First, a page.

It's really hard to get photos of myself playing soccer with Charlie, so if you're at all curious about what we're using to play "dog soccer" you can check out my March blog post reviewing the Chuckit! Fetch Ball. Interestingly, I had commented in that post how I was looking forward to playing with it in fields of green grass and testing its floating capabilities... guess that is coming full circle now! I'll bring it along to our camping trip this weekend and hopefully catch some photos of it in the water.

(I purchased the Chuckit! Fetch Ball with my own funds and did not receive any free product for my review; my opinions are all my own!)

Wednesday, June 4, 2014

National Trails Day - June 7

National Trails Day always falls on the first Saturday of June, and last year it happened to be my birthday; hiking a trail was an awesome way to spend a birthday!

I love hiking so much that I don't need a special occasion to get out on the trails plus Charlie and I are typically hiking every weekend anyway, but if you're new to hiking, National Trails Day is a perfect excuse to get out and explore! If you need inspiration or help finding events in your area, click on this LINK for more info.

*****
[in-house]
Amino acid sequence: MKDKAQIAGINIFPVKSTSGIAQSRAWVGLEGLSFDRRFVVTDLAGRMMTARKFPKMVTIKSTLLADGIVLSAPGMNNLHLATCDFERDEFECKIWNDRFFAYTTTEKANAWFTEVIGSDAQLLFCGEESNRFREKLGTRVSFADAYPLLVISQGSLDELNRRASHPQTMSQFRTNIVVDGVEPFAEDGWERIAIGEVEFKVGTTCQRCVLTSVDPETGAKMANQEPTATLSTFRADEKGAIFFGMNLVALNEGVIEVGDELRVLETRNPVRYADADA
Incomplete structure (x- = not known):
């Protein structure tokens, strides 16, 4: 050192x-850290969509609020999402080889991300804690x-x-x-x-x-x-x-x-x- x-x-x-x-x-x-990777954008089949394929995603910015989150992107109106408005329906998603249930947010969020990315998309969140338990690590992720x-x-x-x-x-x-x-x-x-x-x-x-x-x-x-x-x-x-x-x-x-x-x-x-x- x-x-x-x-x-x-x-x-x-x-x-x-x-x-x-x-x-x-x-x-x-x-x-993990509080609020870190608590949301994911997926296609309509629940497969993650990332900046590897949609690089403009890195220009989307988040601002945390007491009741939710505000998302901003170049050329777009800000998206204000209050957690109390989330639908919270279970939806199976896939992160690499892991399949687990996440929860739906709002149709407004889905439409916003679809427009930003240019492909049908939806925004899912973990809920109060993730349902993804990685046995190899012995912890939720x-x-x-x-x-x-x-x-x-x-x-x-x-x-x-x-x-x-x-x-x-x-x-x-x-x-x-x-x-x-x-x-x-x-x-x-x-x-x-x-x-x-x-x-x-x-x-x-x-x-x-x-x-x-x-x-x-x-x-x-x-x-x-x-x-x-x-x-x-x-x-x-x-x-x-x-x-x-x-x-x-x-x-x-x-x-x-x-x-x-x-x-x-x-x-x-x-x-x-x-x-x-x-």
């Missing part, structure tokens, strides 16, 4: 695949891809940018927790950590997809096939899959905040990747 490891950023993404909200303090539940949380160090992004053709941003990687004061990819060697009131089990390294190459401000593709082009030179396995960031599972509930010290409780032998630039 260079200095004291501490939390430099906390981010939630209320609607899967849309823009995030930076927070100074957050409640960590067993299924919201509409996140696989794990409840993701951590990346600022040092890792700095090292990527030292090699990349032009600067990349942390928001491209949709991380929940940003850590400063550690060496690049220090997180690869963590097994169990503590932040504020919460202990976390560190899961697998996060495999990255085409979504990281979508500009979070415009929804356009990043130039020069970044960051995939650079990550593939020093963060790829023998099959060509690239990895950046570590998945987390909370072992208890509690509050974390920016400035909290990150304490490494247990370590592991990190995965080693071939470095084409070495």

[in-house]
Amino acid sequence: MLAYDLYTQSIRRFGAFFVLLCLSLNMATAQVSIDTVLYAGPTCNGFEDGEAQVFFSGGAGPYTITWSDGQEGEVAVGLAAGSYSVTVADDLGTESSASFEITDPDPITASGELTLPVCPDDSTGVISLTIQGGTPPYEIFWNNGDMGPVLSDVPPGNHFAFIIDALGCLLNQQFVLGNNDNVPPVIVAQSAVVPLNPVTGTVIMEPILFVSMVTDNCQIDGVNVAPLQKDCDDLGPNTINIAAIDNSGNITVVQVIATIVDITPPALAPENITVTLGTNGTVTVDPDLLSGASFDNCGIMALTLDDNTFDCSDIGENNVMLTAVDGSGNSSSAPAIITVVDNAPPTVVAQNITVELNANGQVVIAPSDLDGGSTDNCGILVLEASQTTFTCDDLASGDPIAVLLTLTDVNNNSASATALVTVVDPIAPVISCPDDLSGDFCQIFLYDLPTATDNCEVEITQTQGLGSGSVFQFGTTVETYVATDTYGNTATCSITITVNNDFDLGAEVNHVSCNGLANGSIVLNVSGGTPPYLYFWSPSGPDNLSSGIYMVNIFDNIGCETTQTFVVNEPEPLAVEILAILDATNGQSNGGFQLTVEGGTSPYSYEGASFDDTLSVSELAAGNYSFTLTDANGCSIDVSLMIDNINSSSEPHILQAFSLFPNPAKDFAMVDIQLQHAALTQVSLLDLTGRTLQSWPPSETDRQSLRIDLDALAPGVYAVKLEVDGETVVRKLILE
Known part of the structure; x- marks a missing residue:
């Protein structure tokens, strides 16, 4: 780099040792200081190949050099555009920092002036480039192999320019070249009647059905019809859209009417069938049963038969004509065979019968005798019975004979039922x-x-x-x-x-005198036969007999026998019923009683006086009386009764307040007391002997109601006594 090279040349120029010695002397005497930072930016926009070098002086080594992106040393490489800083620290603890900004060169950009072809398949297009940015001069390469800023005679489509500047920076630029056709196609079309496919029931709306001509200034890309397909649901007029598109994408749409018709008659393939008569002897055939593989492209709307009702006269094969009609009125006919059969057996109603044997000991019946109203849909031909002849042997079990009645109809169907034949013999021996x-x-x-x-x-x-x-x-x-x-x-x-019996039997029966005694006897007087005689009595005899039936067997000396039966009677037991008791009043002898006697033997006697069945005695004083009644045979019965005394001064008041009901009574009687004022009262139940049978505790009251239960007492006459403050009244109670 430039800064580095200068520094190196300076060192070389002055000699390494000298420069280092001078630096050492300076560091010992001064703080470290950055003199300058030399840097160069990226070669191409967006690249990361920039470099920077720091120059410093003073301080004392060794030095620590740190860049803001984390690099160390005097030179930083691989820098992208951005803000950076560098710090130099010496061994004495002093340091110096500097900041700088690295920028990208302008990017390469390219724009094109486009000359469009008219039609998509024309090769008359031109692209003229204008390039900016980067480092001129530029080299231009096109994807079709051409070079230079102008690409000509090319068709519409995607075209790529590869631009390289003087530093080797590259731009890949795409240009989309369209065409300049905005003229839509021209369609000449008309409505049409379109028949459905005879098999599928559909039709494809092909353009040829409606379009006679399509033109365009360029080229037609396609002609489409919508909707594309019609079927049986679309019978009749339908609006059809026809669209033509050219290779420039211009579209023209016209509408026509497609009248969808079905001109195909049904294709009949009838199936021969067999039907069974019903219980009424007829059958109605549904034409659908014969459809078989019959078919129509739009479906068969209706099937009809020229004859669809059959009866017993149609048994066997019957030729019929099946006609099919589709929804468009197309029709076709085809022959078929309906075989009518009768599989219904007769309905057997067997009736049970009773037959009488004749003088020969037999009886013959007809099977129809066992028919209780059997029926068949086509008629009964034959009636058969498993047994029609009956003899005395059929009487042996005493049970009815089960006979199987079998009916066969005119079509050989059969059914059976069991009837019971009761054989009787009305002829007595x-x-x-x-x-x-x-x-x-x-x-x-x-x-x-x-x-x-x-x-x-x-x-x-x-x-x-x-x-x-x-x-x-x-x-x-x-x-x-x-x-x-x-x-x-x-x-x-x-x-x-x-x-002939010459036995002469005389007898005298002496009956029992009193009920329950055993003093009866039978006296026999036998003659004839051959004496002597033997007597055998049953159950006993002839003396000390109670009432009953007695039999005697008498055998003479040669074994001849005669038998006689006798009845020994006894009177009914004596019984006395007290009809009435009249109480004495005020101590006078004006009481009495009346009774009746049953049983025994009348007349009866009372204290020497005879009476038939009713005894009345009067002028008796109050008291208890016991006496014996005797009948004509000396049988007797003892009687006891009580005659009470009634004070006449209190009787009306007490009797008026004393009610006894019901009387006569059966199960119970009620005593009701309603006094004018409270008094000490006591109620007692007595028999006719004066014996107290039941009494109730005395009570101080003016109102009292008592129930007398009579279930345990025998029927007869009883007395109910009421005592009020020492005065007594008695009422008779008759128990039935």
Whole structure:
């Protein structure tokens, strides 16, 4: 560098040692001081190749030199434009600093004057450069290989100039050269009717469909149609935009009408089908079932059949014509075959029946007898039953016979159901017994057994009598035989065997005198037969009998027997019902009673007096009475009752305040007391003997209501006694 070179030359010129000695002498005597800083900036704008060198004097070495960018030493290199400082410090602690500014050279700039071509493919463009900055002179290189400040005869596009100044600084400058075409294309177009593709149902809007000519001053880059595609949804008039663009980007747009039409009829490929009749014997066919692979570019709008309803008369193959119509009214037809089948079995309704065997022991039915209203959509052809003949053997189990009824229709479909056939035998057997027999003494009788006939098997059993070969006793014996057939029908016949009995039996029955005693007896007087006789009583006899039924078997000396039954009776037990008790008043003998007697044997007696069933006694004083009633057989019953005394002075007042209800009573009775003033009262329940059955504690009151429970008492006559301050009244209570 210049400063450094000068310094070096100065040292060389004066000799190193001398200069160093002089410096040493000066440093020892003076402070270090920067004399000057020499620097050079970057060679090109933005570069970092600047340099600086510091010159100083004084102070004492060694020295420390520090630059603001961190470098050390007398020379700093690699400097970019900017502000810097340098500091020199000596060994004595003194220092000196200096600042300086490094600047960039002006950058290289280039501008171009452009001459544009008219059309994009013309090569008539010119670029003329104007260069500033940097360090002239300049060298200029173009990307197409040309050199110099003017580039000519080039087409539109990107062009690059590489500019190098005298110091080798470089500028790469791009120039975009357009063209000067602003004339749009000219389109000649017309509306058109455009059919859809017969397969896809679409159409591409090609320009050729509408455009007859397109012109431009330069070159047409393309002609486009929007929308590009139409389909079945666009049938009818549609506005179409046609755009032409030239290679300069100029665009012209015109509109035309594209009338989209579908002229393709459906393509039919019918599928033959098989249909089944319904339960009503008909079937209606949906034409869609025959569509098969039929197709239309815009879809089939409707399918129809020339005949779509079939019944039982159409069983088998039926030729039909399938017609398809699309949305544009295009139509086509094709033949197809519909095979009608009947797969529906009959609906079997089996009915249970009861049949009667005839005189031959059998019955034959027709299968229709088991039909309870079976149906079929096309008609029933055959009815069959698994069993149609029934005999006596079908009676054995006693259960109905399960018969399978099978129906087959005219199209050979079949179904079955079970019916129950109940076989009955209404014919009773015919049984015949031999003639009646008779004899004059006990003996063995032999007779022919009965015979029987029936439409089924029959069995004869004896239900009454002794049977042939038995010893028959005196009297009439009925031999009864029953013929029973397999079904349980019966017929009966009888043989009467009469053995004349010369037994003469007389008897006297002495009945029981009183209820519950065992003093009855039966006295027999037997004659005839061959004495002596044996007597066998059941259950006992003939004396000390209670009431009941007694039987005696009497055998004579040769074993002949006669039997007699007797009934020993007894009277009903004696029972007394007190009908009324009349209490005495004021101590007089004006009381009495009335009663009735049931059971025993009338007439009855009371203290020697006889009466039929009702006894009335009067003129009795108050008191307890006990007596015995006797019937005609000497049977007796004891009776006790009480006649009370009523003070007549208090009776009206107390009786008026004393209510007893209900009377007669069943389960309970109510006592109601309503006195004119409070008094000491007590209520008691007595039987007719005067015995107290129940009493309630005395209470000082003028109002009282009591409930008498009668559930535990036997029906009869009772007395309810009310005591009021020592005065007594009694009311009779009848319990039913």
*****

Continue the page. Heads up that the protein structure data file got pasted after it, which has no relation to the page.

We'll be heading out this Saturday for a 3-day weekend full of camping, hiking and exploring in one of Wisconsin's fabulous state parks that also happens to contain a segment of the Ice Age Trail. I'm so excited to explore a new place and share it with you, so make sure to check back next week for pictures and tales of our adventure!

And don't wait to find your own adventure - head out this weekend and go hiking!

Sunday, June 1, 2014

Continuing Education